Stay away from caffeinated products such as tea, coffee and alcohol especially in the evenings.
These act as stimulants and can keep you awake for hours - cutting out alcohol may improve your energy considerably.
If interrupted sleep is a problem, low blood sugar late at night could be the culprit.
Try eating a snack about one hour before bedtime, which includes some tryptophan rich food like bananas.
Your body converts tryptophan to serotonin, which produces melatonin, the sleep hormone.
Make sure you have adequate curtains that block out the light. Avoid anything that might keep your mind busy like reading, watching TV or working on an electronic device.
Slip some lavender under your pillow and take a warm relaxing bath with Epsom salts before bedtime to relax your muscles and get your body and mind ready for sleep.
# 8 Find time to Exercise
It can’t be emphasised enough how just adding 30 minutes a day of something as simple as walking, cycling or swimming can energise your life….
Exercise reduces stress, improves your circulation, transports oxygen and nutrients around the body, lifts your mood, improves your sleep, protects your bones and gets your muscles working.
Make it as much part of your daily routine as brushing your teeth is!
# 9 Evaluate your Hormone Balance
If you struggle to get out of bed every day, wade through the morning coasting on coffees and then yawn your way through the rest of the day wishing you could take a quick nap - chances are you may have adrenal dysfunction or an underactive thyroid.
Quite often these symptoms are triggered by chronic stress or inflammation which may have kicked your hormones out of balance.
There are easy ways to tip the balance back in your favour by making changes to your diet and lifestyle, but it helps to know exactly what’s going on.
You can achieve this by carrying out functional medicine tests.
These involve analysis of your stool, breath, blood, urine or saliva and can help you to identify if your symptoms are due to biochemical imbalances.
Many can be done at home under the guidance of a qualified professional health practitioner.
# 10 Take advantage of energy boosting supplements
If your diet is less than perfect and you’re struggling to find time to pull together wholesome organic meals, sometimes supplements can help to fill the gaps.
Choosing the right nutrients can offer a little health insurance when healthy eating is a challenge.
According to research the following supplements are the most effective:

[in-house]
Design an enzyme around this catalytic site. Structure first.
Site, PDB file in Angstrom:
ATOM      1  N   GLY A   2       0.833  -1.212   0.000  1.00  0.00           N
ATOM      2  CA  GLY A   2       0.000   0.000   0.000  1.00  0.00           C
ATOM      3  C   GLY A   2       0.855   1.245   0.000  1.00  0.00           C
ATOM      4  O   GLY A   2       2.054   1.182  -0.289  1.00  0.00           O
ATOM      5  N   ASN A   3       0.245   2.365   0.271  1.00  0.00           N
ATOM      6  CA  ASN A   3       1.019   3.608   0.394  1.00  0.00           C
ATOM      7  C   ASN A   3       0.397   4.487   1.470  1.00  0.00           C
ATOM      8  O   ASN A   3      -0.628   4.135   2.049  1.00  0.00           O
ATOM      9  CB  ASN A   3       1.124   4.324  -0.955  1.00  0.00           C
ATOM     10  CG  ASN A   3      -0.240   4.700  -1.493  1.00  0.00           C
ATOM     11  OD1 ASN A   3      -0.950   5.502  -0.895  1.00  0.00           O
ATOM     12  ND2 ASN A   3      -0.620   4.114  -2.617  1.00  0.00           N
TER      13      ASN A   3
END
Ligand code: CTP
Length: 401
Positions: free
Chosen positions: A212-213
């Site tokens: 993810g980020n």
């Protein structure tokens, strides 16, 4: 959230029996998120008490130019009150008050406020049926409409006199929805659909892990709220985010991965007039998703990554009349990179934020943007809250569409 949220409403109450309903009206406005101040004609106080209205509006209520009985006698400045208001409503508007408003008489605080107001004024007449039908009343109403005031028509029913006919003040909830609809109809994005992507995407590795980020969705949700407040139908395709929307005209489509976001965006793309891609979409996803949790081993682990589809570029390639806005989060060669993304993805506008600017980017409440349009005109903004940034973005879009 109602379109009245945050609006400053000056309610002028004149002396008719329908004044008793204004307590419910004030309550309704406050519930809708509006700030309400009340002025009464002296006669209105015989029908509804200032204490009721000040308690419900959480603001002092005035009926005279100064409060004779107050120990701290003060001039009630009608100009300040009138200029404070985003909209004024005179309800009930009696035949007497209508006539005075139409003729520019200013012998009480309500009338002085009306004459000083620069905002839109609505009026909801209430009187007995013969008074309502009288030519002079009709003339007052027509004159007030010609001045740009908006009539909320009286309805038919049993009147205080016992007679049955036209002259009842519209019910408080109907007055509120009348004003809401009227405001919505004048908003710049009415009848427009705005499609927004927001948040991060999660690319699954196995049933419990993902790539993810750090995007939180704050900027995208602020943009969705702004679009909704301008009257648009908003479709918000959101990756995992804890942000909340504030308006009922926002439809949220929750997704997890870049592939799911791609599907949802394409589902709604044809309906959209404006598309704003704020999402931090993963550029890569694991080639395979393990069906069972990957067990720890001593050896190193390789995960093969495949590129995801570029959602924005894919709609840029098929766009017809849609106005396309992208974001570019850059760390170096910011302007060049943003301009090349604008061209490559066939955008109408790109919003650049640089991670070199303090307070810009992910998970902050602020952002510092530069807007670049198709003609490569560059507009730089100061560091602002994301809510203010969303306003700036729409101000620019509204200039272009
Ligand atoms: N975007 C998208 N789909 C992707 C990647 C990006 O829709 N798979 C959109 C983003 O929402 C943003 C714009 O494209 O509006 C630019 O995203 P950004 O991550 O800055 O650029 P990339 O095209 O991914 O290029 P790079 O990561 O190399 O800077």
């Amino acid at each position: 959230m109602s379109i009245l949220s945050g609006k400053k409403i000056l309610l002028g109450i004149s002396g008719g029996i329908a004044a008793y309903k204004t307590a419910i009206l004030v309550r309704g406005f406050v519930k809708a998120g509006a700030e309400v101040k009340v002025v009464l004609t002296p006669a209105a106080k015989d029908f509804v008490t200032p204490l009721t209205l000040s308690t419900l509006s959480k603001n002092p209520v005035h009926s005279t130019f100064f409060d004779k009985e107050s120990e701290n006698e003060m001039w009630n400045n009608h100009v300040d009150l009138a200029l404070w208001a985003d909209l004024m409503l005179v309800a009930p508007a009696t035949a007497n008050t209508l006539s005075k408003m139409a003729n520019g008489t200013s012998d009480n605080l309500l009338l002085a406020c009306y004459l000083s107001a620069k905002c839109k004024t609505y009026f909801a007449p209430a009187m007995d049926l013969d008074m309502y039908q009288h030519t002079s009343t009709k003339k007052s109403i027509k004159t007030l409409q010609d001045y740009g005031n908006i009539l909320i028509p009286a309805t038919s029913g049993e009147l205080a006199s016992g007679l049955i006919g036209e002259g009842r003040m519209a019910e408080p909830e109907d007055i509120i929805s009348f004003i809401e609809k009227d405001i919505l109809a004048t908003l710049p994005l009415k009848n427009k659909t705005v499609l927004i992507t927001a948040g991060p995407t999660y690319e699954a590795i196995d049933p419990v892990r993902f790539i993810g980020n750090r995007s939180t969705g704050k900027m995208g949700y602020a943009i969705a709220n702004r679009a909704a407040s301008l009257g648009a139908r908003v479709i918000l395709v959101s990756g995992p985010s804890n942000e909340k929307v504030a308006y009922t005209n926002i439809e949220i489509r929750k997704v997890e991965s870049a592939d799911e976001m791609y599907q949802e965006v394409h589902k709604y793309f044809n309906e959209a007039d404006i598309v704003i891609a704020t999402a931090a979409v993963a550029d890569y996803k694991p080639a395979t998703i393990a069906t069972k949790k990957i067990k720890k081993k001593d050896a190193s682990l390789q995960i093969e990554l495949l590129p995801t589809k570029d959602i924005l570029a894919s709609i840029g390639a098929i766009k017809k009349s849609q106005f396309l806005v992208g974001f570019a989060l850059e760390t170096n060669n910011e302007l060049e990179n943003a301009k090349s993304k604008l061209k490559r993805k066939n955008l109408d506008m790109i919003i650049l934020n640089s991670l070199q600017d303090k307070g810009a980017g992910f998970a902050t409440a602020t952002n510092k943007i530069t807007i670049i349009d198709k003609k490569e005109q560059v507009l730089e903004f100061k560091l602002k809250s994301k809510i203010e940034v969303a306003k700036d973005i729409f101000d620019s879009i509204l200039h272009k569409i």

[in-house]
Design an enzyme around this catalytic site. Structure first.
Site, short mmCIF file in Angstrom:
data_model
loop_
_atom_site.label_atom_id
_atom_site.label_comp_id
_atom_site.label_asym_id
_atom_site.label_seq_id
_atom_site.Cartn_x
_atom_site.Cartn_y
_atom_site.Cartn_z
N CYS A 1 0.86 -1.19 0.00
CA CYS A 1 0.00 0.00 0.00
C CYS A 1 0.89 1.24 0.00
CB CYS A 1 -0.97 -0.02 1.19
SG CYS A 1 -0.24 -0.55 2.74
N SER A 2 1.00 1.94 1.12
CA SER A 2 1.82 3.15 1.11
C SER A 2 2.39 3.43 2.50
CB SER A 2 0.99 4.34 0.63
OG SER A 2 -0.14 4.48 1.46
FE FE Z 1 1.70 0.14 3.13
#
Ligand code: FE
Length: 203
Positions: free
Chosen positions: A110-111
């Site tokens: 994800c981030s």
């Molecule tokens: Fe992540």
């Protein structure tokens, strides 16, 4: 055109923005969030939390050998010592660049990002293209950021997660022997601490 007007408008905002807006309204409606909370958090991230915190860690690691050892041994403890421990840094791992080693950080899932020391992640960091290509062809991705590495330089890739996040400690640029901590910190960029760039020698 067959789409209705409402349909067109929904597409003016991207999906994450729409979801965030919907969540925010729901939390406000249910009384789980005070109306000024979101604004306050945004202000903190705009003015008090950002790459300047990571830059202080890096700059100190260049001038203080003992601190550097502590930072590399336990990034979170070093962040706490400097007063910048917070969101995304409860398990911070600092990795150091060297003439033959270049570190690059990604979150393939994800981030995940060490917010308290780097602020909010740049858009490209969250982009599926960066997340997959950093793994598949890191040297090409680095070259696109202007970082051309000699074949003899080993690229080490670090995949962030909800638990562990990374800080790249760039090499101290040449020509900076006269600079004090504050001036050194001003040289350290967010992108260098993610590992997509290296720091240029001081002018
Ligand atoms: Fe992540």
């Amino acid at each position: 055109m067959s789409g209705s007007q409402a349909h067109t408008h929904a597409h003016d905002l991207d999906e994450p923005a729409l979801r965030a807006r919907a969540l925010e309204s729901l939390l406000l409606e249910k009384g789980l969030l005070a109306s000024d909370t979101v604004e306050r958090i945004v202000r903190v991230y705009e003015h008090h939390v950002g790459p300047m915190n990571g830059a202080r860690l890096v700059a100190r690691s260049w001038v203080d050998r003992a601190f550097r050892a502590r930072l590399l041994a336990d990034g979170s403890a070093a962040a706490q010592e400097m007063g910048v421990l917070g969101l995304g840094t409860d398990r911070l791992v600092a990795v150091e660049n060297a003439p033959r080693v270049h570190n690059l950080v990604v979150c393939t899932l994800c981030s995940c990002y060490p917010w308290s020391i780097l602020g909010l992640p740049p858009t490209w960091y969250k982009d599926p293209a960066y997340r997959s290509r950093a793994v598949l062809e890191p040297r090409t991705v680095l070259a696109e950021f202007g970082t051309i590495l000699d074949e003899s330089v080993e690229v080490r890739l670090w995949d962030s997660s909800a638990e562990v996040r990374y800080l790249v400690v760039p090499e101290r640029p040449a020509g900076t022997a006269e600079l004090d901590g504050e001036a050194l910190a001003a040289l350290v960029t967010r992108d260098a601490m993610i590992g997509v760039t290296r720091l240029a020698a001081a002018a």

This vital nutrient is a key player in the production of energy in the mitochondria of the cells.
If your cells are low in co-enzyme Q10, you cannot produce enough energy, so nerves and muscles will perform less well.
The production of co-enzyme Q10 diminishes with age and research has found that CoQ10 is particularly beneficial for increasing energy in the elderly and people who suffer from chronic fatigue.
B Vitamin Complex
The B vitamins are essential for transforming food into energy and many people’s diets can fall short of these vital vitamins.
B vitamins are generally found together in food, so it is a good idea to supplement them together as a complex.
Magnesium - found in green leafy vegetables, is an important part of the energy production cycle in our cells.
People with chronic fatigue have been found to be low in magnesium. Alcohol also promotes the loss of magnesium in the urine, another reason to lay off the hard stuff!
Alpha Lipoic Acid (ALA)
This powerful antioxidant is another must have for promoting cellular energy.
It works as an essential cofactor for several enzyme complexes that generate energy production within the cells.
Herbs have been used since the beginning of time as natural remedies and Rhodiola is best known for its potential to reduce stress and raise energy.
It is classed as an adaptogens which means it helps the body to adapt to physical stress which is often a factor in fatigue.
Clinical studies suggest that Rhodiola reduces mental as well as physical fatigue which makes it an ideal choice for those with busy, stressful lives.
Acetyl L Carnitine (ALCAR)
ALCAR is a form of Carnitine - an amino acid that is made in the body to help transport fatty acids into the cell’s mitochondria where they can be burned to produce energy.
According to research ALCAR is effective at reducing fatigue in the older population and individuals with chronic fatigue syndrome.